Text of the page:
Jamaicans are being warned not to become complacent, despite news of effective COVID-19 vaccines.
Minister of Health, Dr Christopher Tufton, issued the warning as he sought to temper expectations surrounding the vaccine, which he noted would only be administered to 16 per cent of the population by the end of 2021.
“I want us to be very clear that we can’t hang all of our hopes and afford to be complacent on the knowledge or the hope that there is going to be a vaccine very soon, and that most persons are going to have access to it,” said Tufton.
“I mean, that is an ideal – but an ideal that is not likely to be achieved, at least not in the short term,” added Tufton.
“The fact is, we have another year or so before I think we will be in a position where the world can breathe a sigh of relief…”Minister of Health Dr Christopher Tufton
Tufton shared that one per cent of the population would receive the COVID-19 vaccine by April 2021, with seniors and those with co-morbidities, as well as, healthcare workers to be given priority.
“The projected schedule, as we have it at this time, and I say it’s projected because it can change, is to have a vaccine ready for administration to some one per cent of the initial 16 per cent of the population by April 2021.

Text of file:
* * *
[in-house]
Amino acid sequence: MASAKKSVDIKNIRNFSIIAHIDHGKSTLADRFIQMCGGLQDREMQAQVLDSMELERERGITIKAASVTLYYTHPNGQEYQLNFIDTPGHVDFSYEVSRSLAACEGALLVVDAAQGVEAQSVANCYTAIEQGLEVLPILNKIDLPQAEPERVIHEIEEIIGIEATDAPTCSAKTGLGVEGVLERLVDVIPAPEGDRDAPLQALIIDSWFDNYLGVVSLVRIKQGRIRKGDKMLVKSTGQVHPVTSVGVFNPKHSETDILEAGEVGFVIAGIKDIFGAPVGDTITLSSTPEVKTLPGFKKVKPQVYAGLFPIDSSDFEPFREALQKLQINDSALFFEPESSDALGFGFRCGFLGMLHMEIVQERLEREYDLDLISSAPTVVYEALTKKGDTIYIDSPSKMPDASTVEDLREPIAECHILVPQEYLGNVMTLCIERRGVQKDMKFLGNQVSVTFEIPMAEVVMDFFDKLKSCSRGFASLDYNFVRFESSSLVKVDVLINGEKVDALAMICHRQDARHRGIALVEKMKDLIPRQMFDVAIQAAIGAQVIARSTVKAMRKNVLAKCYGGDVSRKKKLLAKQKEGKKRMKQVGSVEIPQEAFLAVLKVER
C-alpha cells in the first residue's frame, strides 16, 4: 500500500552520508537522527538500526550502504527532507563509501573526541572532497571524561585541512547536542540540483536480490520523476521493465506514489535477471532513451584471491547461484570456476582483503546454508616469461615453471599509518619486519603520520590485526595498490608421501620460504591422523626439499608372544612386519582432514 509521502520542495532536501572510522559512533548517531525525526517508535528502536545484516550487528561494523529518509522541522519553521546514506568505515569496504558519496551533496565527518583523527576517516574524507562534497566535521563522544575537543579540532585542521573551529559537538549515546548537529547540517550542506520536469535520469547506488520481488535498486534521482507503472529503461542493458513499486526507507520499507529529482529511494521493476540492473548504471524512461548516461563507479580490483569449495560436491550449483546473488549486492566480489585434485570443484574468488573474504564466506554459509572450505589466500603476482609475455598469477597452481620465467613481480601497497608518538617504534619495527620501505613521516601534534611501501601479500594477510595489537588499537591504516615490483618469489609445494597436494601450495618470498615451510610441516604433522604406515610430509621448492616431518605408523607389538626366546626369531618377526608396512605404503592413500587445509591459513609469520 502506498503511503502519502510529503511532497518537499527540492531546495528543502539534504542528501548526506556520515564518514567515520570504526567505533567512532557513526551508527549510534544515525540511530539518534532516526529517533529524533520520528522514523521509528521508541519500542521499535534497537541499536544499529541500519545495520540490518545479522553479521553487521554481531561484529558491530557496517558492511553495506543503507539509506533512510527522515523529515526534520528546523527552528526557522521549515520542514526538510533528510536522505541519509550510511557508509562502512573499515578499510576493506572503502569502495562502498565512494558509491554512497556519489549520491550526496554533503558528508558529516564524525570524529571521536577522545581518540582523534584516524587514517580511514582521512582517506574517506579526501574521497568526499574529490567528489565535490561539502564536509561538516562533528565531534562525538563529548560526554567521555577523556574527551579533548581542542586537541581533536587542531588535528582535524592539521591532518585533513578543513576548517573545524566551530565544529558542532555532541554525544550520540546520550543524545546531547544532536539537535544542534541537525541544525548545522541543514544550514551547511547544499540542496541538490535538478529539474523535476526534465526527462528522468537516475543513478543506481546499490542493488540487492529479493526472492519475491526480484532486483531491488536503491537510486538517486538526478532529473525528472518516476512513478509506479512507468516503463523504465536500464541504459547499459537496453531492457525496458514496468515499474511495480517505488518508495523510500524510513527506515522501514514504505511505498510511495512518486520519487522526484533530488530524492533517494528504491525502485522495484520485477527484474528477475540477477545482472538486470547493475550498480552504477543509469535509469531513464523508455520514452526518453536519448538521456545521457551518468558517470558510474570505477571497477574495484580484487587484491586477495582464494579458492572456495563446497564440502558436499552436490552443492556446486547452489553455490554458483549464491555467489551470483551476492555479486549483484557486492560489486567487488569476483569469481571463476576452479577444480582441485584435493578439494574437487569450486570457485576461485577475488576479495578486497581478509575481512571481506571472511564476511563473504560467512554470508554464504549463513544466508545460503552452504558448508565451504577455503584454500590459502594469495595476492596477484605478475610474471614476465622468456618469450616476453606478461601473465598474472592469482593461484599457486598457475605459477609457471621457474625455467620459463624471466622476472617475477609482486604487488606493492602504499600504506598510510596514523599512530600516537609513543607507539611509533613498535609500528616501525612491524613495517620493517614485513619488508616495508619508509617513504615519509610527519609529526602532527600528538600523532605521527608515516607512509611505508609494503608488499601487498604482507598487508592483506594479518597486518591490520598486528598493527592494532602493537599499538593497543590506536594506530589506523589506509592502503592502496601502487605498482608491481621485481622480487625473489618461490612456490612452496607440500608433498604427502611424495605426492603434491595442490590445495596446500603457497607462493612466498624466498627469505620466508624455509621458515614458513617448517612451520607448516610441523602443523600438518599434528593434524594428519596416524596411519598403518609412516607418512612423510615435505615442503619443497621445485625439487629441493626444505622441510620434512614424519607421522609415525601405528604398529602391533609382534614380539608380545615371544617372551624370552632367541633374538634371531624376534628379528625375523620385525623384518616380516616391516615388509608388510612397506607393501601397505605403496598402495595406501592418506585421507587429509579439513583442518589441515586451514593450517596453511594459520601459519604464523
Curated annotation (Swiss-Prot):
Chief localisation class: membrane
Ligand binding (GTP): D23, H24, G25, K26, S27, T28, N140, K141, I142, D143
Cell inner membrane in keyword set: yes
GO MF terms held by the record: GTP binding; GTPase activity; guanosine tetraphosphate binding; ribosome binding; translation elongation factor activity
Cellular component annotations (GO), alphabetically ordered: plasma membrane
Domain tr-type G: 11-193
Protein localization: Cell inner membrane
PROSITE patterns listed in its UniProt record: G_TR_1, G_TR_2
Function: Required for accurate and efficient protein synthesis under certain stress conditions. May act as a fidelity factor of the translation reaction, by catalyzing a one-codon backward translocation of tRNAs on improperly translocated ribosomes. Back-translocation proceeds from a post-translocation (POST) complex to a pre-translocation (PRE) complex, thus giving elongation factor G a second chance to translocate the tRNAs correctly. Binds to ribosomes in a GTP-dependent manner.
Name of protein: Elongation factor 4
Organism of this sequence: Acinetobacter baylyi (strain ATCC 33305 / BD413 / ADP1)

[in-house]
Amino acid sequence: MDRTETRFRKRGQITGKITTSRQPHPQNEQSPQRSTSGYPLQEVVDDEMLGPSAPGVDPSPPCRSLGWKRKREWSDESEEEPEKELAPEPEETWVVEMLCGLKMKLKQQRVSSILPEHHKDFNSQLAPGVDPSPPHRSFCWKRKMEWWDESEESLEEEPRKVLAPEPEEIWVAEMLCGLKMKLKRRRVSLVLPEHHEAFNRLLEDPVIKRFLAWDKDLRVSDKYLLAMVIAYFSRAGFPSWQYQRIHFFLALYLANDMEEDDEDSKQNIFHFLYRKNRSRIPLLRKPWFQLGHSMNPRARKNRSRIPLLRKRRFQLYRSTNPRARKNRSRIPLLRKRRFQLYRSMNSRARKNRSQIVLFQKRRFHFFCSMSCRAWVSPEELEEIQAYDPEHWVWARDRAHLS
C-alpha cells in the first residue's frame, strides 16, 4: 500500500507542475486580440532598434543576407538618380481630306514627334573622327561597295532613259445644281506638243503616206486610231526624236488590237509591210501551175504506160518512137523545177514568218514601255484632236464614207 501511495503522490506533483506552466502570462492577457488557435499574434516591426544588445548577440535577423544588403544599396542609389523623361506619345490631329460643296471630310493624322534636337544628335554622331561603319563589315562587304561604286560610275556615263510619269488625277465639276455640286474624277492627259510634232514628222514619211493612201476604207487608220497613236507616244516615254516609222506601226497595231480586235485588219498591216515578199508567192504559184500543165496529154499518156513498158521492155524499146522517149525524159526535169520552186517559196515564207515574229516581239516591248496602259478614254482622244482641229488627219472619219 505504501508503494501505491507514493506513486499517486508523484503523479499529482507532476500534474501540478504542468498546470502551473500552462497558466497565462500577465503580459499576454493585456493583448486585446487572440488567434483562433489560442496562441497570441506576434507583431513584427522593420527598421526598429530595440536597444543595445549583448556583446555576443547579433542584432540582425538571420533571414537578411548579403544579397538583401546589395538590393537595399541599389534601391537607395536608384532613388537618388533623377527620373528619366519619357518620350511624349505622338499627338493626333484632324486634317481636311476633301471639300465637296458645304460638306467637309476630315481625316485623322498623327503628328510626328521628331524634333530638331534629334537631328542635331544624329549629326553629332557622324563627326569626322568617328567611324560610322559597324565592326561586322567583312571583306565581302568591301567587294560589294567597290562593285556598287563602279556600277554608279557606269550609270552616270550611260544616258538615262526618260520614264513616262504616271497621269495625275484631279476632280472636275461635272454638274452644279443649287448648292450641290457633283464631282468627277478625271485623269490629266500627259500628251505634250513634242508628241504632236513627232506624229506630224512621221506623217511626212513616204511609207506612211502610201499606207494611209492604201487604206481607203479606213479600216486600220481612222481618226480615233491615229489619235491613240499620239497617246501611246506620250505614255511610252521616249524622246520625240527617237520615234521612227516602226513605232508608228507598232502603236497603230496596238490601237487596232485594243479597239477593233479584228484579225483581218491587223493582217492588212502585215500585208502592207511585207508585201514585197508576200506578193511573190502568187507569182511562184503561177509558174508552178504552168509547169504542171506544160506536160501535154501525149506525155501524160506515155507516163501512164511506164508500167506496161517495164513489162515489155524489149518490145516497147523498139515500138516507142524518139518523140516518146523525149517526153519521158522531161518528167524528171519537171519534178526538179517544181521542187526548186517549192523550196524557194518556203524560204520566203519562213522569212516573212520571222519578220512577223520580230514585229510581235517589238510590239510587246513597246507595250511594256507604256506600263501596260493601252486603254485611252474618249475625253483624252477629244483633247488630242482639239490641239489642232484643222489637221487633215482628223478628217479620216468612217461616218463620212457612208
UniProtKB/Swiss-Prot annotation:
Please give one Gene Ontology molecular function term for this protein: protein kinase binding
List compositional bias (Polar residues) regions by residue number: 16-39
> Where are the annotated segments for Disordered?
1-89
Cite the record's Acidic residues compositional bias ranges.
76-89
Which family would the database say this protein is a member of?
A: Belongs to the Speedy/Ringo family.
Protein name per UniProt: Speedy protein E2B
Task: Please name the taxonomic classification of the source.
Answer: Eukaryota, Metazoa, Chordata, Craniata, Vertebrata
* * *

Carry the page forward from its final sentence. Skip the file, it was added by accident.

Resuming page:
“One per cent. That is of the overall 16 per cent would get it initially, another three per cent by mid-2021. And the remaining percentage by the end of 2021,”added Tufton.
Tufton explained that the COVAX facility, the entity Jamaica was to get its supply of vaccine through, had not yet approved a shot, adding that 163 candidate vaccines were in preclinical evaluations.
The minister went on to state that the vaccine being administered in other jurisdictions was not part of the COVAX facility, but that there were three other vaccine candidates in the final phases of development.
Tufton also used the occasion to share that he believed that it would be approximately another year before the country could breathe a sigh of relief as it relates to the pandemic.
“The fact is, we have another year or so before I think we will be in a position where the world can breathe a sigh of relief that based on vaccination as a solution, significant progress would have been made,” Tufton said.